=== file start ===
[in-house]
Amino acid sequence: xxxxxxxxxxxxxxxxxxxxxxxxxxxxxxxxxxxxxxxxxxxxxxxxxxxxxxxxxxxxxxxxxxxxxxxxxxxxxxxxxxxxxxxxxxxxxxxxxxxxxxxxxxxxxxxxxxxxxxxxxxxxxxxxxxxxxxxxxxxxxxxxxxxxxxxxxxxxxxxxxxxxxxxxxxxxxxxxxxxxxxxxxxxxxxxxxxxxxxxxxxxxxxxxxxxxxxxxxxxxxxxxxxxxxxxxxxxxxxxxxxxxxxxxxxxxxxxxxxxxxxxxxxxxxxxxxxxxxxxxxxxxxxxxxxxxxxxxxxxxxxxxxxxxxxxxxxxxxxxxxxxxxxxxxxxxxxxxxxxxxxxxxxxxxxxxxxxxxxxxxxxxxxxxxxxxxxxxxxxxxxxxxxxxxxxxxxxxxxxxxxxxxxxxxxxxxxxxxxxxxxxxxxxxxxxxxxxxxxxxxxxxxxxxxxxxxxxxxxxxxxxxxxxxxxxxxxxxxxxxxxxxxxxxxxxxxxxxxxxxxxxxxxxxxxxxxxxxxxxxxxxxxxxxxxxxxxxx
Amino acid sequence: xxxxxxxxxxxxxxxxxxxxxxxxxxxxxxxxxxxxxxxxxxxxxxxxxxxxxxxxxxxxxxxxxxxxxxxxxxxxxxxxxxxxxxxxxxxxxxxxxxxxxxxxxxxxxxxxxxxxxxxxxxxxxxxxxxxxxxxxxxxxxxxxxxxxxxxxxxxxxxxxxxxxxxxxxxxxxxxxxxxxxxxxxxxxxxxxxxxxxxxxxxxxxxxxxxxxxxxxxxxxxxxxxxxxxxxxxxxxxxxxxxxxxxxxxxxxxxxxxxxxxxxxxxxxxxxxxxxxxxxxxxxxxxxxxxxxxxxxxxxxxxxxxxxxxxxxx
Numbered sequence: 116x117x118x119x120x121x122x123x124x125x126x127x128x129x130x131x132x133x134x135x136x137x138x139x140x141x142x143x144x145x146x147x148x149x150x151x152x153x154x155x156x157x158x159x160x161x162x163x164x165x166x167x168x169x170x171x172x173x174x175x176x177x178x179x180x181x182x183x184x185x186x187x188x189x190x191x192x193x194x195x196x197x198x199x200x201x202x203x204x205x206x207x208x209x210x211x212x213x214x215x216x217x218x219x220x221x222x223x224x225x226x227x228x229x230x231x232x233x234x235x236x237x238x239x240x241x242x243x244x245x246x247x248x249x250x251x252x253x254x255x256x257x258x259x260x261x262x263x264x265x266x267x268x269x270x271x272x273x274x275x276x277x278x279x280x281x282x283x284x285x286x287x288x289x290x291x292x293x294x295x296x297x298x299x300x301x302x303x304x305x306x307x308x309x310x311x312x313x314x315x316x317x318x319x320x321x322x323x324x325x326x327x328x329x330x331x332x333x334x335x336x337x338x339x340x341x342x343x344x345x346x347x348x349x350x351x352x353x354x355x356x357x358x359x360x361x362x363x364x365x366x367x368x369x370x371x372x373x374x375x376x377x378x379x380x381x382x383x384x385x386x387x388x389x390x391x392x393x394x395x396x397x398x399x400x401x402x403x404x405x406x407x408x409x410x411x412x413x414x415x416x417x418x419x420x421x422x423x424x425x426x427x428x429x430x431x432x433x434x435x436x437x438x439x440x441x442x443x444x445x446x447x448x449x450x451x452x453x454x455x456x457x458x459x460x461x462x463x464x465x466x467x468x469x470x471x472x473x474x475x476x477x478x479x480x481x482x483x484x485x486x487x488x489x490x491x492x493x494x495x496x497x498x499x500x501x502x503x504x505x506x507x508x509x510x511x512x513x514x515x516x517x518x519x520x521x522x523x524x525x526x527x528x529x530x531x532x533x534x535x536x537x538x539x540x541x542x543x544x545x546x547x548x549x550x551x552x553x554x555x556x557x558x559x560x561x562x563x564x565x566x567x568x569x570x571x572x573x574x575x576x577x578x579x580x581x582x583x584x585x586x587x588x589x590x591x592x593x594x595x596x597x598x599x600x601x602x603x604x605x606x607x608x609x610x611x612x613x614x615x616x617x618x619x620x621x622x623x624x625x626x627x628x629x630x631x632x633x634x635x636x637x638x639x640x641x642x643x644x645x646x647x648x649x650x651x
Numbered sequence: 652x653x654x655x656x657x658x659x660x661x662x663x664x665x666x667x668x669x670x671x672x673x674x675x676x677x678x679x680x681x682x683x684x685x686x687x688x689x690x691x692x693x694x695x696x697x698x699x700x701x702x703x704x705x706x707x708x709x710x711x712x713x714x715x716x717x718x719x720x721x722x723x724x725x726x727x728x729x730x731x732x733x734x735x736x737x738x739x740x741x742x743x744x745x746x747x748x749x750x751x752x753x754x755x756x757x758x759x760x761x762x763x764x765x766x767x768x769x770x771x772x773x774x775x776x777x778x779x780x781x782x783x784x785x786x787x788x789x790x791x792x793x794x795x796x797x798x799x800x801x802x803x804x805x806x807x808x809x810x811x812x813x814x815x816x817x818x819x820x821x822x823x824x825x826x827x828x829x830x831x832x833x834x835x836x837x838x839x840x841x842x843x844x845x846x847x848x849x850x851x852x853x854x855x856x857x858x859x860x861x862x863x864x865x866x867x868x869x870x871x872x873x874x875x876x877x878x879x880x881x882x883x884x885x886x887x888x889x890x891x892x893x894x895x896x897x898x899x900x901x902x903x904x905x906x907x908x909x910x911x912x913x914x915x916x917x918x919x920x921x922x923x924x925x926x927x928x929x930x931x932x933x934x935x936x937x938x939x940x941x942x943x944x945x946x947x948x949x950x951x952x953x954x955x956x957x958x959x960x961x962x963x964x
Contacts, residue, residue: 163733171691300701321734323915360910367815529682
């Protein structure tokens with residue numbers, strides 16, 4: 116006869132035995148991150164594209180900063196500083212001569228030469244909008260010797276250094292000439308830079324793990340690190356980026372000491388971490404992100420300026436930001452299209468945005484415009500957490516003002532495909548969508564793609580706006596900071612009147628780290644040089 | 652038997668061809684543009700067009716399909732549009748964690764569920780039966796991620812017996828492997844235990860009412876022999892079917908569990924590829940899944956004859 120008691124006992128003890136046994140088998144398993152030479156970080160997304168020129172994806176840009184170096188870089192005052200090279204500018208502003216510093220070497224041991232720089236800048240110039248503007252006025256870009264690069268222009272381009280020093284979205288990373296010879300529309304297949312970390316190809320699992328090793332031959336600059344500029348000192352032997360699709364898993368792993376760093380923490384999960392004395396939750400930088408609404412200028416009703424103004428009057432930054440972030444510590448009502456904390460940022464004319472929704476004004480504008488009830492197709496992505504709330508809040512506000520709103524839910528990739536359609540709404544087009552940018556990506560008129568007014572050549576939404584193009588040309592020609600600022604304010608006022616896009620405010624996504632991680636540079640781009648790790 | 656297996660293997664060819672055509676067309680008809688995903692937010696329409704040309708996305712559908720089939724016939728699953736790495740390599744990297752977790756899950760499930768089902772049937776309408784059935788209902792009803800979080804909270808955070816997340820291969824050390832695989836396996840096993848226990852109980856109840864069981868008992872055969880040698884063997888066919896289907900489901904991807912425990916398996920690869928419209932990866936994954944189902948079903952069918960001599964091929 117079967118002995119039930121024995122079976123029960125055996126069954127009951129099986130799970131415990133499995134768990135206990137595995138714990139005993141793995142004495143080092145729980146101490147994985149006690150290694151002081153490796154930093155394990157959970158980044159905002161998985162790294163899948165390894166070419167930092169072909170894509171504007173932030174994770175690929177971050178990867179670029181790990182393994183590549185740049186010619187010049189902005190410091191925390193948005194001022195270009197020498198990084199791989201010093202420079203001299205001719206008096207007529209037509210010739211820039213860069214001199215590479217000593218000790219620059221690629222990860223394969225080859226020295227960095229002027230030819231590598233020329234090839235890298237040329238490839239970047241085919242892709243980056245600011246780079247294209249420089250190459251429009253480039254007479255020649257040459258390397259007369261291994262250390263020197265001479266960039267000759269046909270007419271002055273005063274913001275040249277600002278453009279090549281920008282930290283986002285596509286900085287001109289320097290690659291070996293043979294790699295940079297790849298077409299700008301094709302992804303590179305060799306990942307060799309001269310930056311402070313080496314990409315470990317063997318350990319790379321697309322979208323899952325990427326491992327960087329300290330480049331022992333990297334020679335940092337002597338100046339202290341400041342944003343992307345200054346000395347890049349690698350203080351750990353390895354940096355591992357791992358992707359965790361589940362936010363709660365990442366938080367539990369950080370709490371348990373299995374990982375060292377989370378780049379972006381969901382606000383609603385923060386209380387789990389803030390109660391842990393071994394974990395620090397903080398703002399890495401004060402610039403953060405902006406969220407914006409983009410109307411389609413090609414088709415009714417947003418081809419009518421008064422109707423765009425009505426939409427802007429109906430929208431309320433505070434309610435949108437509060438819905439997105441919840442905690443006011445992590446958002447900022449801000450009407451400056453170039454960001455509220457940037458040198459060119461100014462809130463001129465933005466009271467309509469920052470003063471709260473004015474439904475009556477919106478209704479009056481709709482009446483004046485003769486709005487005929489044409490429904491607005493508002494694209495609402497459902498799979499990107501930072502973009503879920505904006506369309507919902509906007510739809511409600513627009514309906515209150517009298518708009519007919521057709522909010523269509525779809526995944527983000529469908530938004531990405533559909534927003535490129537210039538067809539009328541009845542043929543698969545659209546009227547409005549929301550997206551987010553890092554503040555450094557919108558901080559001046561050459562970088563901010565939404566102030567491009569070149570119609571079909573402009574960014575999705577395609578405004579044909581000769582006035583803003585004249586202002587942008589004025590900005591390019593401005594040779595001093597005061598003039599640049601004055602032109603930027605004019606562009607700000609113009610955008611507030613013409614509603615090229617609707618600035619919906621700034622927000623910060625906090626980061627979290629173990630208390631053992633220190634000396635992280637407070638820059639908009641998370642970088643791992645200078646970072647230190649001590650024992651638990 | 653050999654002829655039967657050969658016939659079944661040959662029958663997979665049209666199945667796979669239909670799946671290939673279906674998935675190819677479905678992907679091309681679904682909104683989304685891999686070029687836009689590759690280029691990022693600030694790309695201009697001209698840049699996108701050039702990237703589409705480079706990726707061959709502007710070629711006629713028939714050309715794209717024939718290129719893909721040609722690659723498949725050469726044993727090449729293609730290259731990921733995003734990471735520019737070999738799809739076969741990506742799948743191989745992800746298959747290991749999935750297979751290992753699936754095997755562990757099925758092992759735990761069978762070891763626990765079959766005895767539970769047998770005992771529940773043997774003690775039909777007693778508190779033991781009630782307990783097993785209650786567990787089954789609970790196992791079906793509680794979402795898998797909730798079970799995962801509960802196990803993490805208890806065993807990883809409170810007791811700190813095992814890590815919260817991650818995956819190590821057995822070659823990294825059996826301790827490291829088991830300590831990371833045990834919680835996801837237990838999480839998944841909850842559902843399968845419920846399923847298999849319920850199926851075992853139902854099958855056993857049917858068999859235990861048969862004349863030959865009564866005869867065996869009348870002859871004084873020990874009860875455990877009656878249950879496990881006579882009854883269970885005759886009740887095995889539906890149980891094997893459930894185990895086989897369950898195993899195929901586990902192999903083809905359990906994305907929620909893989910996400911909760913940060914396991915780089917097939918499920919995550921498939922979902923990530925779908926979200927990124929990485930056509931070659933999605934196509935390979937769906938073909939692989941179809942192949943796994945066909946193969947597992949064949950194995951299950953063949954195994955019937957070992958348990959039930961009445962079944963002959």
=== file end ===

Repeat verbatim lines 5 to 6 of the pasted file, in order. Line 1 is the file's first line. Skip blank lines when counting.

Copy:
Numbered sequence: 652x653x654x655x656x657x658x659x660x661x662x663x664x665x666x667x668x669x670x671x672x673x674x675x676x677x678x679x680x681x682x683x684x685x686x687x688x689x690x691x692x693x694x695x696x697x698x699x700x701x702x703x704x705x706x707x708x709x710x711x712x713x714x715x716x717x718x719x720x721x722x723x724x725x726x727x728x729x730x731x732x733x734x735x736x737x738x739x740x741x742x743x744x745x746x747x748x749x750x751x752x753x754x755x756x757x758x759x760x761x762x763x764x765x766x767x768x769x770x771x772x773x774x775x776x777x778x779x780x781x782x783x784x785x786x787x788x789x790x791x792x793x794x795x796x797x798x799x800x801x802x803x804x805x806x807x808x809x810x811x812x813x814x815x816x817x818x819x820x821x822x823x824x825x826x827x828x829x830x831x832x833x834x835x836x837x838x839x840x841x842x843x844x845x846x847x848x849x850x851x852x853x854x855x856x857x858x859x860x861x862x863x864x865x866x867x868x869x870x871x872x873x874x875x876x877x878x879x880x881x882x883x884x885x886x887x888x889x890x891x892x893x894x895x896x897x898x899x900x901x902x903x904x905x906x907x908x909x910x911x912x913x914x915x916x917x918x919x920x921x922x923x924x925x926x927x928x929x930x931x932x933x934x935x936x937x938x939x940x941x942x943x944x945x946x947x948x949x950x951x952x953x954x955x956x957x958x959x960x961x962x963x964x
Contacts, residue, residue: 163733171691300701321734323915360910367815529682